The Coda Distributed Filesystem for Linux - page 8
Introduction to Coda
The Coda distributed filesystem is designed for use regardless of whether or not you're connected to a network. As mentioned earlier, this seems somewhat paradoxical--how can you connect to a network-oriented filesystem when you're not connected to a network?
To solve this problem, Coda enables you to make sure that your Coda client has cached copies of any files that are stored in Coda but which you need to access when you're not connected to the network. This is known as "hoarding" and is done using Coda's hoard command. The files that you want to hoard must be listed in a text file, known as a "hoard file", that you supply as an argument to the hoard command using its "-f" option. A sample section of a hoard file is the following:
a /coda/home/wvh/gcc/src/gcc-3.1-docs 600:d+ a /coda/home/wvh/gcc/chapter6.txt 600
Each line contains three sections: the command that the hoard command should execute (in this example, 'a', meaning to add the file to the client's hoard), the name of a file or directory that you want to add to the hoard, and a priority and associated attributes for that file. In this example, 600 is a standard priority for hoarding files (the priority determines which files must be hoarded if the number of requested files exceed the cache size), and the "d+" attribute means to cache this directory and any of its subdirectories.
If you're not sure which files you're actually using, you can use Coda "spy" command to monitor the traffic between your client and a specific server and write a list of these files to standard output, as in the following example:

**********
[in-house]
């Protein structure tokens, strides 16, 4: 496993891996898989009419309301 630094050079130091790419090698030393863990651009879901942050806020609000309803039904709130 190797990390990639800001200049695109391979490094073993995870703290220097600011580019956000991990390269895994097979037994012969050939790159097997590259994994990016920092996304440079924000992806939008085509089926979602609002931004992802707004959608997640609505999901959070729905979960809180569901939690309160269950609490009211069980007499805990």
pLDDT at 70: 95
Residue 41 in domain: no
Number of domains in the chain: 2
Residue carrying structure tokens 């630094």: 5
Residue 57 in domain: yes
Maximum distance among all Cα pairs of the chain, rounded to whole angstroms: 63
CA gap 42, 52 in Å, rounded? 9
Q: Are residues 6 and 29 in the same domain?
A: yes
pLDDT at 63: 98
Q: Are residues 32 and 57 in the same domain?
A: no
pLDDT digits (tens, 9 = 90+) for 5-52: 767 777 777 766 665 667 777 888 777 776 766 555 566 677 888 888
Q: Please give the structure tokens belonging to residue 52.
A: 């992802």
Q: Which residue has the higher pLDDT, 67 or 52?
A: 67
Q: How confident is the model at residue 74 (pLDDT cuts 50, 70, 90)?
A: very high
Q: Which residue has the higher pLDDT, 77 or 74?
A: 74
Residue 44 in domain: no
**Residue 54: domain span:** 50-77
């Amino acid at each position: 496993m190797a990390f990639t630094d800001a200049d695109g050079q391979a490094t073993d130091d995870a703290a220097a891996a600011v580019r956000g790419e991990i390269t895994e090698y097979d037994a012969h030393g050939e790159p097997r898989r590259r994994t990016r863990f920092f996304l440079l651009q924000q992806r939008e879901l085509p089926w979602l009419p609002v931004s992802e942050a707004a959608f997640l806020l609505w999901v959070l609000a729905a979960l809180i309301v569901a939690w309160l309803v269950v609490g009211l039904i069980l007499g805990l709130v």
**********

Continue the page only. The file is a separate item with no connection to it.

spy -h distfs.vonhagen.org > hoardfile &
After terminating the spy process and editing its output file to use the correct syntax for the hoard command, you can then use this file to hoard whatever you're working on before disconnecting from the network, as in the following example:
hoard -f hoardfile
Executing this command will display information about each file and/or directory that is being cached on your client.
Solid state disks (SSDs) made a splash in consumer technology, and now the technology has its eyes on the enterprise storage market. Download this eBook to see what SSDs can do for your infrastructure and review the pros and cons of this potentially game-changing storage technology.
- 1Linux Top 3: Ubuntu 14.04, Debian Gives Squeeze More Life and Red Hat Goes Atomic
- 2Linux Top 3: CoreOS, Oracle Enterprise Linux 7 and Ubuntu 14.10
- 3Linux Top 3: Debian Dumps SPARC, Ubuntu Takes Over Linux 3.13 and the Core Infrastructure Initiative
- 4Linux Top 3: Fedora, Ubuntu and Gluster Lose Community Leaders
- 5Red Hat Enterprise Linux 7 Finally Hits the Big Time